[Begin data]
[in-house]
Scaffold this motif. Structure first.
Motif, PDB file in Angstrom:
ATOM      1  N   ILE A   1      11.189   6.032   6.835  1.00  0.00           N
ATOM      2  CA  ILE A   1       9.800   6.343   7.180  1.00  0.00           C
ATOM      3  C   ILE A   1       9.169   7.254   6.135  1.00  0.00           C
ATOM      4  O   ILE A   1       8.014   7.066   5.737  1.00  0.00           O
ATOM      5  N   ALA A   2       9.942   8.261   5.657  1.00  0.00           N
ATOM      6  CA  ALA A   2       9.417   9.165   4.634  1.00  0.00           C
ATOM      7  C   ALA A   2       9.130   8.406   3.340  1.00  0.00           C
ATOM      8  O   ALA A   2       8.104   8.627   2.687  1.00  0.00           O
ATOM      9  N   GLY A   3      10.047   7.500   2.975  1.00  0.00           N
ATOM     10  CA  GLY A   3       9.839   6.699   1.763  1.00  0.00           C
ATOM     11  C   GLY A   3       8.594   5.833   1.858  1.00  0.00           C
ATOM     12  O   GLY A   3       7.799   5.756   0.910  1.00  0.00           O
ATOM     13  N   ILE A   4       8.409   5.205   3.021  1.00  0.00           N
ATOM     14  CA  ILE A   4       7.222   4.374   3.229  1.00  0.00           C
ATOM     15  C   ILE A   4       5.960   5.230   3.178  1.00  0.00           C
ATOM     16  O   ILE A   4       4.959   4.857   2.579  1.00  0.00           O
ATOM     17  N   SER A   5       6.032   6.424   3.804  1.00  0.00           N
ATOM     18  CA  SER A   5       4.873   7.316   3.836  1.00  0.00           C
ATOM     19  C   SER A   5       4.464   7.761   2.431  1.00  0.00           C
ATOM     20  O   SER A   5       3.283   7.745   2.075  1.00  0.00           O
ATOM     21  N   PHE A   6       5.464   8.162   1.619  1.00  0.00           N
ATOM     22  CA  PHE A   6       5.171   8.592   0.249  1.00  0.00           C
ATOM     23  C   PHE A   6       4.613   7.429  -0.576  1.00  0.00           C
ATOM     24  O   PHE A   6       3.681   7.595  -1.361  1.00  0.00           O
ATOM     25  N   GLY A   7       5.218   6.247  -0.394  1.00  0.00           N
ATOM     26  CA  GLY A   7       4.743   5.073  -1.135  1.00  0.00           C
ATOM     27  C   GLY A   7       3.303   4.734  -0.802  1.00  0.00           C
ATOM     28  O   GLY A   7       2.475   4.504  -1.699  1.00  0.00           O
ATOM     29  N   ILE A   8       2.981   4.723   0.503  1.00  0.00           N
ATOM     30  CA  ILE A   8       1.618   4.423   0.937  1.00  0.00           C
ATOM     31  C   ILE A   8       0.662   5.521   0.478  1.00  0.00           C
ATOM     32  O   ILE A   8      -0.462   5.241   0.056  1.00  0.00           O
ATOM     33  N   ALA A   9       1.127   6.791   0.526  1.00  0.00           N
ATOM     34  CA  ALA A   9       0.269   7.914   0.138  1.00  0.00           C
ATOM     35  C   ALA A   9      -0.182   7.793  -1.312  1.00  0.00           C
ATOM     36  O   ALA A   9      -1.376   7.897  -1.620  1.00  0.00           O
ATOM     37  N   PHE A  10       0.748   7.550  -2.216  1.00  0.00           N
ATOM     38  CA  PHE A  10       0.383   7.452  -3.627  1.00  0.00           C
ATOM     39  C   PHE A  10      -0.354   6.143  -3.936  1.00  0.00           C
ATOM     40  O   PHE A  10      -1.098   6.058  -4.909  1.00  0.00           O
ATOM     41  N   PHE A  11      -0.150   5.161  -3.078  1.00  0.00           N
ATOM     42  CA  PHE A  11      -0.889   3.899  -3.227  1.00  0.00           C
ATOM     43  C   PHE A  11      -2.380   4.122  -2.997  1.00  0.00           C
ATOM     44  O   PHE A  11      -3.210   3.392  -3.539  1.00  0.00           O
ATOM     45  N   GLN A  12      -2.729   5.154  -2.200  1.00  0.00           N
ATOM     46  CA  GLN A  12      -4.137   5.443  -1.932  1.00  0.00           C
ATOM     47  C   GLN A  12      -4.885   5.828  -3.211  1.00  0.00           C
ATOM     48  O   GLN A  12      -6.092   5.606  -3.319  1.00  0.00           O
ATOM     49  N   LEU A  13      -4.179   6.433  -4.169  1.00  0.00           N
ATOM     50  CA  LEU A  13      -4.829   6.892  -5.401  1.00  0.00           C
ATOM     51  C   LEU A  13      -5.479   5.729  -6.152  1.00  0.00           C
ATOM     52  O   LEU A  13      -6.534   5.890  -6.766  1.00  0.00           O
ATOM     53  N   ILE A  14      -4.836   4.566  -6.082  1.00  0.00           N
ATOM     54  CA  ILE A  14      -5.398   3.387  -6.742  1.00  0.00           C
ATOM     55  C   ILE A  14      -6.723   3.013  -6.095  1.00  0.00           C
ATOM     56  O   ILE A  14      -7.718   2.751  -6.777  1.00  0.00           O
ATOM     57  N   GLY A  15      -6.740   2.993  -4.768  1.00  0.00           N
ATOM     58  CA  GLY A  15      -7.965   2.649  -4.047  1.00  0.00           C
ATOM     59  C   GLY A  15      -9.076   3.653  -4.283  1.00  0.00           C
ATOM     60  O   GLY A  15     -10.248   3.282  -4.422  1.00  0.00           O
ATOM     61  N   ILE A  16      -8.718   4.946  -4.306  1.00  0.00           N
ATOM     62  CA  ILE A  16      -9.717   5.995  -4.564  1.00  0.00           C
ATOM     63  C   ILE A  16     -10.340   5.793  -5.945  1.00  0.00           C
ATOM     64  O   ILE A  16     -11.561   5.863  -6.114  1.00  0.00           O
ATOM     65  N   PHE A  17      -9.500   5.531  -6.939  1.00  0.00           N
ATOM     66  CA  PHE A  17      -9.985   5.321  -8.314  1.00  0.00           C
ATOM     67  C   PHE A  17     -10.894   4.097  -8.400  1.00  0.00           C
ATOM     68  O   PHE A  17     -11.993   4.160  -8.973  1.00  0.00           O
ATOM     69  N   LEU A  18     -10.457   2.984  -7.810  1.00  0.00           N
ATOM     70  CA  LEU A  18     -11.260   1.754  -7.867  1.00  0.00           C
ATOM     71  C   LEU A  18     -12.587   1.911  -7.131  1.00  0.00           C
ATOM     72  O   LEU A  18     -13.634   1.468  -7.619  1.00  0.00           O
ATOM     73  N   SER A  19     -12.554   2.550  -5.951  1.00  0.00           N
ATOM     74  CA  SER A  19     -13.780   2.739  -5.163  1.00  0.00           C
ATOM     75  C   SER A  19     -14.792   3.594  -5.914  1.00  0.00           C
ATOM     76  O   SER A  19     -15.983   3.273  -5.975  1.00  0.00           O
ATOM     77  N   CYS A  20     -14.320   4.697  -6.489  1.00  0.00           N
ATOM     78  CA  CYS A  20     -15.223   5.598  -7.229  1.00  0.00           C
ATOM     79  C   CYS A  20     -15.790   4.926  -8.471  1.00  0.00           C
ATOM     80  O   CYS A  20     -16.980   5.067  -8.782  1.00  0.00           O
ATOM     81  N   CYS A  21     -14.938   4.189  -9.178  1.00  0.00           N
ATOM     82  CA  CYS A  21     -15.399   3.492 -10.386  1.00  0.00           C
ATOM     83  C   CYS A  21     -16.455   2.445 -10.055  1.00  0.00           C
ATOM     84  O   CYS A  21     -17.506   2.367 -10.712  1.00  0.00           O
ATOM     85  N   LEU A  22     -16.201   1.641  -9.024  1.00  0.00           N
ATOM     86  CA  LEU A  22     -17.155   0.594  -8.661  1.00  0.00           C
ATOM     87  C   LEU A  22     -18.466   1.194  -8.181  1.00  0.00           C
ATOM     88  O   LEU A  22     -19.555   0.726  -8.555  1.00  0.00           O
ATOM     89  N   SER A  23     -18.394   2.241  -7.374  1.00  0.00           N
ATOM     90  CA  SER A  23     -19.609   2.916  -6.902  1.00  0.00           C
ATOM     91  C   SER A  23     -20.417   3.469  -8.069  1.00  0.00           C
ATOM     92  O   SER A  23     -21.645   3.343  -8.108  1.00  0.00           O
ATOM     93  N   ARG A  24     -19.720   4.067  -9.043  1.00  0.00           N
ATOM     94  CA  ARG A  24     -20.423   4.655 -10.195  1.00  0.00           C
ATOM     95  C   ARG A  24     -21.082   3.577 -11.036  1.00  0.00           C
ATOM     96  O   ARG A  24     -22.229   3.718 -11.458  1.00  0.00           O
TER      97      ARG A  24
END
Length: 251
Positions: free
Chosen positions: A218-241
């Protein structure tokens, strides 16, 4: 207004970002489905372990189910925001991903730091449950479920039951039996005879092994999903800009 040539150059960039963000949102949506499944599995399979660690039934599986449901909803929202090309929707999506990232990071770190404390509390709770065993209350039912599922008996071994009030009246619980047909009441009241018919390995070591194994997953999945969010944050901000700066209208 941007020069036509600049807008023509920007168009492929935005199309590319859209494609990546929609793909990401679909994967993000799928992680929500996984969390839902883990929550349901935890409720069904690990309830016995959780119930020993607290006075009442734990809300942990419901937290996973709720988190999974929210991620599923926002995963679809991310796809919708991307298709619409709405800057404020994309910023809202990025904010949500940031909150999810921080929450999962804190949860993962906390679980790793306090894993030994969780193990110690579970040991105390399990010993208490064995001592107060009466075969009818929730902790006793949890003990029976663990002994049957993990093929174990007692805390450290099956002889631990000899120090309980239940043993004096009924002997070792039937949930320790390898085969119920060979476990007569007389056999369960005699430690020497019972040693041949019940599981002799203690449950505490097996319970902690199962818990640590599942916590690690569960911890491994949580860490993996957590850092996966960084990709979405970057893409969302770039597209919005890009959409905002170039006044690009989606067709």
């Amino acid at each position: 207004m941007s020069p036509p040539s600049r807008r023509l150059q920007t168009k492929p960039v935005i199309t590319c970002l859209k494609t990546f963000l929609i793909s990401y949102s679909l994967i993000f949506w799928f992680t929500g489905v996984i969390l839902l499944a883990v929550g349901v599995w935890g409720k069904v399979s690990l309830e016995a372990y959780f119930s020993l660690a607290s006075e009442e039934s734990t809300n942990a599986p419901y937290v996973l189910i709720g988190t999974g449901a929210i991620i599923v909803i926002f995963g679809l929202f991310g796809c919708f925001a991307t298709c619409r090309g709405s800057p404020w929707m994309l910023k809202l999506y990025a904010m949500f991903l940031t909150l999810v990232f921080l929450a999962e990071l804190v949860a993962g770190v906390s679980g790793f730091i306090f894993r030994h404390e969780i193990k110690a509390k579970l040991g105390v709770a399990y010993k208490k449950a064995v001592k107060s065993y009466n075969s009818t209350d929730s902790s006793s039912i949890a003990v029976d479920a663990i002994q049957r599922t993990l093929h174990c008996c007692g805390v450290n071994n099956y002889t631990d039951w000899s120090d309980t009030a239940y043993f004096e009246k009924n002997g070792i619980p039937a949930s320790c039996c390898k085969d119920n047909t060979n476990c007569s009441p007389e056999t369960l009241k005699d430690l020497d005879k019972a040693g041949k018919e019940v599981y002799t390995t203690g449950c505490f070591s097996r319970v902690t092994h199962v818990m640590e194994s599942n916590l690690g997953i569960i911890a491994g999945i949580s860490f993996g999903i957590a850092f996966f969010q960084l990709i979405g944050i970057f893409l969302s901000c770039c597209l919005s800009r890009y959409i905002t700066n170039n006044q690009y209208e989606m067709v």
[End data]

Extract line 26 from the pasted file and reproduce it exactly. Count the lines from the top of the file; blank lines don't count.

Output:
ATOM     23  C   PHE A   6       4.613   7.429  -0.576  1.00  0.00           C